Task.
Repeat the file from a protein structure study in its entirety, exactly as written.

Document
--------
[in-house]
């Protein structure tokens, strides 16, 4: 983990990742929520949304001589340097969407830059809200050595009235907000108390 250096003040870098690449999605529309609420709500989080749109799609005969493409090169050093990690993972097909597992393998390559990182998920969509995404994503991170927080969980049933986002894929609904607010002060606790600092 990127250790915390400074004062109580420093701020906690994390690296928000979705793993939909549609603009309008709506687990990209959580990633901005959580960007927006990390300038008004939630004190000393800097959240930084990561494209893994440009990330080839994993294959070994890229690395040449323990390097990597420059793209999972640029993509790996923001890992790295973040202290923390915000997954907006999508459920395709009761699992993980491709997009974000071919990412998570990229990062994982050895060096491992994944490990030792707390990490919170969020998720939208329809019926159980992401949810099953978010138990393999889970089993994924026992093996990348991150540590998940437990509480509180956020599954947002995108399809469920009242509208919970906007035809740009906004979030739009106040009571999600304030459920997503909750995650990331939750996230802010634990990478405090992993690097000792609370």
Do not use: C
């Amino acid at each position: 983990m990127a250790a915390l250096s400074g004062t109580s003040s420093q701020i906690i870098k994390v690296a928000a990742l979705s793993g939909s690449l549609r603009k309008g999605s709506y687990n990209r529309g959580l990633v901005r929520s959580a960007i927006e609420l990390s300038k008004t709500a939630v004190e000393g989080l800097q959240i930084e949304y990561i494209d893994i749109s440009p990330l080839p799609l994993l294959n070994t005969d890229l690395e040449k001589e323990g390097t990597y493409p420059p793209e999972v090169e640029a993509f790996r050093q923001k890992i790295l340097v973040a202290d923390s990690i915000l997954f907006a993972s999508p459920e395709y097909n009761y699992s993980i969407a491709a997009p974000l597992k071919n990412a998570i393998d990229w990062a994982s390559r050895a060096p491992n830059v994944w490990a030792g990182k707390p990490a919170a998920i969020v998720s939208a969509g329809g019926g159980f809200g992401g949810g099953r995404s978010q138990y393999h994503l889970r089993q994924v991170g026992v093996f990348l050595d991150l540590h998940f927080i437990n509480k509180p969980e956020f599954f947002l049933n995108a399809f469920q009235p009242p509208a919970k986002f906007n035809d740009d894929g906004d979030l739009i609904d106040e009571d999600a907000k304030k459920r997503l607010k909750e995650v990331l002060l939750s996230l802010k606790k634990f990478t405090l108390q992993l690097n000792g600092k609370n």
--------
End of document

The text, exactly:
[in-house]
């Protein structure tokens, strides 16, 4: 983990990742929520949304001589340097969407830059809200050595009235907000108390 250096003040870098690449999605529309609420709500989080749109799609005969493409090169050093990690993972097909597992393998390559990182998920969509995404994503991170927080969980049933986002894929609904607010002060606790600092 990127250790915390400074004062109580420093701020906690994390690296928000979705793993939909549609603009309008709506687990990209959580990633901005959580960007927006990390300038008004939630004190000393800097959240930084990561494209893994440009990330080839994993294959070994890229690395040449323990390097990597420059793209999972640029993509790996923001890992790295973040202290923390915000997954907006999508459920395709009761699992993980491709997009974000071919990412998570990229990062994982050895060096491992994944490990030792707390990490919170969020998720939208329809019926159980992401949810099953978010138990393999889970089993994924026992093996990348991150540590998940437990509480509180956020599954947002995108399809469920009242509208919970906007035809740009906004979030739009106040009571999600304030459920997503909750995650990331939750996230802010634990990478405090992993690097000792609370």
Do not use: C
């Amino acid at each position: 983990m990127a250790a915390l250096s400074g004062t109580s003040s420093q701020i906690i870098k994390v690296a928000a990742l979705s793993g939909s690449l549609r603009k309008g999605s709506y687990n990209r529309g959580l990633v901005r929520s959580a960007i927006e609420l990390s300038k008004t709500a939630v004190e000393g989080l800097q959240i930084e949304y990561i494209d893994i749109s440009p990330l080839p799609l994993l294959n070994t005969d890229l690395e040449k001589e323990g390097t990597y493409p420059p793209e999972v090169e640029a993509f790996r050093q923001k890992i790295l340097v973040a202290d923390s990690i915000l997954f907006a993972s999508p459920e395709y097909n009761y699992s993980i969407a491709a997009p974000l597992k071919n990412a998570i393998d990229w990062a994982s390559r050895a060096p491992n830059v994944w490990a030792g990182k707390p990490a919170a998920i969020v998720s939208a969509g329809g019926g159980f809200g992401g949810g099953r995404s978010q138990y393999h994503l889970r089993q994924v991170g026992v093996f990348l050595d991150l540590h998940f927080i437990n509480k509180p969980e956020f599954f947002l049933n995108a399809f469920q009235p009242p509208a919970k986002f906007n035809d740009d894929g906004d979030l739009i609904d106040e009571d999600a907000k304030k459920r997503l607010k909750e995650v990331l002060l939750s996230l802010k606790k634990f990478t405090l108390q992993l690097n000792g600092k609370n």